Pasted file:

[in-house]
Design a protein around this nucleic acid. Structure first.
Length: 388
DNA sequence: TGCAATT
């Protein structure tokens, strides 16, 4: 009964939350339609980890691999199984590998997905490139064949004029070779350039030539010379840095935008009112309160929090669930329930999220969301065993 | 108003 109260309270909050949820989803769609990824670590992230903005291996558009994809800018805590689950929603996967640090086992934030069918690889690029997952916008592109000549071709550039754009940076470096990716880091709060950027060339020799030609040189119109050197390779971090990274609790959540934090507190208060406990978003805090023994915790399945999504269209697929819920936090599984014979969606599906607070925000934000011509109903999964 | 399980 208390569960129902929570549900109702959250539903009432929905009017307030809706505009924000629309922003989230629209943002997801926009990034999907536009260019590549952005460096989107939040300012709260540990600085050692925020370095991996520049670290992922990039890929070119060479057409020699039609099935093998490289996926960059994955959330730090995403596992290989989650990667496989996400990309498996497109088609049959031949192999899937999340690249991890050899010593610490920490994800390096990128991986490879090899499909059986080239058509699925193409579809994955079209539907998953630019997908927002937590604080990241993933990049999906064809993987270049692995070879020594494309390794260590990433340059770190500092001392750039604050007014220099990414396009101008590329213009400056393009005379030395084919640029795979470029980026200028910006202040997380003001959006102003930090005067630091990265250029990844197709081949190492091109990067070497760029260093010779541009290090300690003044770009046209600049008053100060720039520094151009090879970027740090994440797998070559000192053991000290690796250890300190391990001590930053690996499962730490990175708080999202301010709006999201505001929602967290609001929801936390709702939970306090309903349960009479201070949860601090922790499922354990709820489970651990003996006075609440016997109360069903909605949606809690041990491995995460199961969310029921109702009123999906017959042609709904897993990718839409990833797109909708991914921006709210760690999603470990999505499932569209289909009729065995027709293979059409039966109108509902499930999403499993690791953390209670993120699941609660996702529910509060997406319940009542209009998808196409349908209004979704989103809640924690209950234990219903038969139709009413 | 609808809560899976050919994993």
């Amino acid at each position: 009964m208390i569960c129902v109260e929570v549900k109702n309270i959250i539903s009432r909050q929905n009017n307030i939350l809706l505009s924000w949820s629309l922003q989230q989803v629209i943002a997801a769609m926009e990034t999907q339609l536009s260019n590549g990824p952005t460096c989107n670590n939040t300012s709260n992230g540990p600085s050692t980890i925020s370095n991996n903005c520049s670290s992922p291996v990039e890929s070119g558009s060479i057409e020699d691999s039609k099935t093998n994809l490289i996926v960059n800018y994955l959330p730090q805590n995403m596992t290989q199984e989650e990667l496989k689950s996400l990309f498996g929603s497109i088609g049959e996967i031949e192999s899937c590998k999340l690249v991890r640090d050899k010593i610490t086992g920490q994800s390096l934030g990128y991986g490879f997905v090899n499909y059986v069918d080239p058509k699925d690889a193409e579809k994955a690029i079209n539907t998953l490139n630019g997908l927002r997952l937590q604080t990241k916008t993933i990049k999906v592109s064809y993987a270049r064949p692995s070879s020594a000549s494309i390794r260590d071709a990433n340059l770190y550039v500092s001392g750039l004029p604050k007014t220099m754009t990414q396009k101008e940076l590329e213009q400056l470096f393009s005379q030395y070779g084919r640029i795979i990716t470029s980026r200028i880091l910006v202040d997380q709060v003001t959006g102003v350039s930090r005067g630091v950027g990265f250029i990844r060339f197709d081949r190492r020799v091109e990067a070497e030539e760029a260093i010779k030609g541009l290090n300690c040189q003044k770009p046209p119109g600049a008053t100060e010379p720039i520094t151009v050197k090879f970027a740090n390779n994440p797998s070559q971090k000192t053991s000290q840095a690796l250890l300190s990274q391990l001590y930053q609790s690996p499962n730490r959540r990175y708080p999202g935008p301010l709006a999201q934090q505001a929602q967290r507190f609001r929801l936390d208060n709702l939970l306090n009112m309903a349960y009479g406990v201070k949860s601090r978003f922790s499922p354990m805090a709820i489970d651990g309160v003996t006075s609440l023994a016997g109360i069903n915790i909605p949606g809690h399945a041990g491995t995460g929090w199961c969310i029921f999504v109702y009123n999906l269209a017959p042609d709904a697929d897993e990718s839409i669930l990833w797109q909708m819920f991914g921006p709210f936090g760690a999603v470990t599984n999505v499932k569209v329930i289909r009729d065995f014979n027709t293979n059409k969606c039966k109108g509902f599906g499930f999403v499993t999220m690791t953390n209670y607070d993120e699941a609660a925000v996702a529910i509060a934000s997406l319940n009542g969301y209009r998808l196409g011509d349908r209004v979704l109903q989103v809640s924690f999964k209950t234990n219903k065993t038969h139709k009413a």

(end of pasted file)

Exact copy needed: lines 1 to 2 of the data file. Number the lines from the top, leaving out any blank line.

[in-house]
Design a protein around this nucleic acid. Structure first.